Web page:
By AVA TURNQUEST
Tribune Chief Reporter
THE selection of Trinidadian firm Teleios Systems to be the IT system provider for the National Health Insurance scheme has ignited security concerns over the disclosure of personal data.
Minister of Grand Bahama Dr Michael Darville confirmed yesterday that the government had “executed an agreement” with Teleios, but could not provide the date or cost of the contract at the time.
The revelation has incensed a former employee of the National Insurance Board (NIB), who has raised alarm over the implications of changes to the Data Protection Act that were embedded in NHI legislation.
The amendment to the Data Protection Act was included in the fourth schedule of the NHI Act and allows for access to NIB records for the implementation of the scheme by adding a clause to the list of exceptions that would allow for the disclosure of personal data.
The amendment states that it is “required for the purposes of the
implementation and management of National Health Insurance and the determining of eligibility and benefits thereunder.”
The NHI Act (NHIA) came into force on April 6.
The former employee said: “The process of implementing NHI requires the use of the NIB data base – as evidenced by the introduction of the NIB smart card which is used as the basis for registering for NHI.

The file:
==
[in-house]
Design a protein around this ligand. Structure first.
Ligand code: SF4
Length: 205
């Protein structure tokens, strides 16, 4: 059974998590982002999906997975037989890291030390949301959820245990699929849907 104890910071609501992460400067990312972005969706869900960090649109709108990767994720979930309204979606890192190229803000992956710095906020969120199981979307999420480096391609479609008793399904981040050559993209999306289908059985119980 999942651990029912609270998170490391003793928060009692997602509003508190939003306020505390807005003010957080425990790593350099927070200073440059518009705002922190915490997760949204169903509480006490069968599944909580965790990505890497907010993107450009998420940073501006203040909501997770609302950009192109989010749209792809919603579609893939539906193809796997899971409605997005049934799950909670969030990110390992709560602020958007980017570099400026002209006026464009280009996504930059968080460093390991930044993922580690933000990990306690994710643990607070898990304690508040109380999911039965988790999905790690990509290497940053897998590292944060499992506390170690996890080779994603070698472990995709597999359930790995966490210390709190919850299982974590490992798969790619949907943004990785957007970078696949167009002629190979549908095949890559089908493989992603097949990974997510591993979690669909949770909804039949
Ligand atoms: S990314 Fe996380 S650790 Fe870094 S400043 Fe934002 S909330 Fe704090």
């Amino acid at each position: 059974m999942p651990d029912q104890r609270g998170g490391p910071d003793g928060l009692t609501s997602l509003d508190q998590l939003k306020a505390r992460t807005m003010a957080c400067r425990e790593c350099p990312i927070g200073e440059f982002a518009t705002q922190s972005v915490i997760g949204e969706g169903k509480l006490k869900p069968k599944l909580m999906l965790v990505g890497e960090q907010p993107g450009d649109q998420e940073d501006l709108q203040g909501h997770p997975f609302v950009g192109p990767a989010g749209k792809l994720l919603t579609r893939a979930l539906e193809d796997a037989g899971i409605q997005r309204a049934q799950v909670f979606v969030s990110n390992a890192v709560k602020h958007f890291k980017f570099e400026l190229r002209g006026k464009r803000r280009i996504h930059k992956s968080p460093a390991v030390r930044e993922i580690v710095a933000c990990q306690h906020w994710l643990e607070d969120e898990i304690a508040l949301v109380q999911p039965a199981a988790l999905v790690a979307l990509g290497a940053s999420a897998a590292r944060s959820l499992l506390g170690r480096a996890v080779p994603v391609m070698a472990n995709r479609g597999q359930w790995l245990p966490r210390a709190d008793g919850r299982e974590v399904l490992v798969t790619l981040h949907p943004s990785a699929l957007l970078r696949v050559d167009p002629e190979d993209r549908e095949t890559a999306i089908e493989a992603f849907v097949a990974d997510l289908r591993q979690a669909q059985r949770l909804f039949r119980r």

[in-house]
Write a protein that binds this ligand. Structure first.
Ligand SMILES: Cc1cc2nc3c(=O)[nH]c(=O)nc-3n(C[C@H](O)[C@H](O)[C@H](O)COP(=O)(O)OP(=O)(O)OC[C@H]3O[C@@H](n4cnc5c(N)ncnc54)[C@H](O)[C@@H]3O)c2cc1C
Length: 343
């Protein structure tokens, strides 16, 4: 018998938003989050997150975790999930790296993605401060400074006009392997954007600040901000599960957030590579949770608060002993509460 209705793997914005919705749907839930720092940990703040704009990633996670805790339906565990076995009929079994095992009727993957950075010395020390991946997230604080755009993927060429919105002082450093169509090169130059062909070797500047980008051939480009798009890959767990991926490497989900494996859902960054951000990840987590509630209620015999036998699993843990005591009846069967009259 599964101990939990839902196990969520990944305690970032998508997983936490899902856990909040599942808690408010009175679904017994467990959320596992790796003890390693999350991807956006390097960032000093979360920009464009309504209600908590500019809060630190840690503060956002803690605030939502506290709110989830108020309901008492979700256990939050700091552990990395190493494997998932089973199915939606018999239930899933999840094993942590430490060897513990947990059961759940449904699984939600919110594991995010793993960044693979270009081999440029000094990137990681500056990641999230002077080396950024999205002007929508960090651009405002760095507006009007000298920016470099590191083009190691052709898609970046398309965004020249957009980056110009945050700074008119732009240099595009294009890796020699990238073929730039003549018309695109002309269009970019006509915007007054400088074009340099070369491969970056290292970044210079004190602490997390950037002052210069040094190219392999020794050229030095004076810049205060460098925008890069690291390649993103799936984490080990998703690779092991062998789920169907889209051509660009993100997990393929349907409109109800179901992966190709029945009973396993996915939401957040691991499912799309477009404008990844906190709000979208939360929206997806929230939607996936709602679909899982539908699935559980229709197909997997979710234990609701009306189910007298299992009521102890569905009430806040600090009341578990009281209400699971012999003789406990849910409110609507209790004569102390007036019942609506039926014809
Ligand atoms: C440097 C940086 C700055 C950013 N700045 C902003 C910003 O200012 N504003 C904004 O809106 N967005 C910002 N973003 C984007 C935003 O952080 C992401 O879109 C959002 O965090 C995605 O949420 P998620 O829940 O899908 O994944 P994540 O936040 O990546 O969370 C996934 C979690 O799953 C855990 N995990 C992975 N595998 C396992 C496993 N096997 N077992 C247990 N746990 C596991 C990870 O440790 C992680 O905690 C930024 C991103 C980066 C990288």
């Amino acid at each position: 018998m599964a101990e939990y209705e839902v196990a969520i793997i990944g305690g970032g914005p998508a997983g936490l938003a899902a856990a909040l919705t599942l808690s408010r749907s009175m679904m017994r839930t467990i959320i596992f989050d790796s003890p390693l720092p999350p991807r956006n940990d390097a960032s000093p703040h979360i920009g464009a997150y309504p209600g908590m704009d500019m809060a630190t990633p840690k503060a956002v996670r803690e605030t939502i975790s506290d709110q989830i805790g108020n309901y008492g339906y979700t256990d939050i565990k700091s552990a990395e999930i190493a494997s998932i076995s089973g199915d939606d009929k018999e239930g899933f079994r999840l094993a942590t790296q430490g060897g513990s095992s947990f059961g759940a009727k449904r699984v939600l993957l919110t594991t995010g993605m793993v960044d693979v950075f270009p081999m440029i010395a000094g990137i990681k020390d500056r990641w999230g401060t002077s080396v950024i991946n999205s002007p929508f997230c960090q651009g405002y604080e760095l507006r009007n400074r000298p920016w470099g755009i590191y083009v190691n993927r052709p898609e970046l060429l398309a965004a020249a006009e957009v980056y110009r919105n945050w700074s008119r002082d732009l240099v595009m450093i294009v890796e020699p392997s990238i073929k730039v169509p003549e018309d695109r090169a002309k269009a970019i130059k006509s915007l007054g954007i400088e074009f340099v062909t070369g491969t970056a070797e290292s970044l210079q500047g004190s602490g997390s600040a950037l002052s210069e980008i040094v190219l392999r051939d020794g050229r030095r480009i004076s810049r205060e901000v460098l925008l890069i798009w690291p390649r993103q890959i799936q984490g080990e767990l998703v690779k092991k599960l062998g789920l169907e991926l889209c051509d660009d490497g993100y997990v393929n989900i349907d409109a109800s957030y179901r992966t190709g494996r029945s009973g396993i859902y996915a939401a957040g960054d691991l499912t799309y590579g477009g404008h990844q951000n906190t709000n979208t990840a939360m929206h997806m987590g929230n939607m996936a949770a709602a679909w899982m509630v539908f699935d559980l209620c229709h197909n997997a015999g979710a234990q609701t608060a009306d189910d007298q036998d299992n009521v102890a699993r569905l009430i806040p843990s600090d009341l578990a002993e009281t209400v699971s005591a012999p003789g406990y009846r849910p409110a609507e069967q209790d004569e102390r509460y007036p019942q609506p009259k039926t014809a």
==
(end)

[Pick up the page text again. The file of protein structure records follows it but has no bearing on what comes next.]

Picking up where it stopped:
“The National Health Insurance Bill 2016, the foundation of the new National Health Insurance Act, repeals the National Health Insurance Act 2007.”
The employee continued: “The new cleverly inserted amendment in the fourth schedule of the National Health Insurance Bill, amends the Data Protection Act, and allows NHI to request sensitive NIB data and subsequently provide this data to any party outside of the Bahamas even though this data would not ordinarily be provided to any party within the Bahamas, without your authorisation or without the order of a court.
“NIB holds all of your sensitive data, your NIB medical claim data, your employment history, your children’s information, your grandchildren’s information, your parents’ information, your sisters’ and brothers’ information, your telephone contacts, your physical address, your email address,” the former employee said, “all of this sensitive data will be in the hands of foreigners once this (NHI) Act becomes effective.
“Progress is good, but consider Bahamians first.”
The Tribune was unable to reach the Office of the Data Commissioner yesterday.
When asked about the concerns, Minister of Labour Shane Gibson did not address the amendments but contended that NHI did not require detailed or sensitive information. He pointed out that only basic information, like name, age, and to confirm registration, would be used.
Enrolment in NHI is expected to begin later this month.
The Tribune understands that although no official press statement has been released, the Christie administration has already selected a public insurer that is preparing for the launch of NHI.
Last week, the NHI Secretariat announced that more than 60 doctors have registered as primary care providers so far.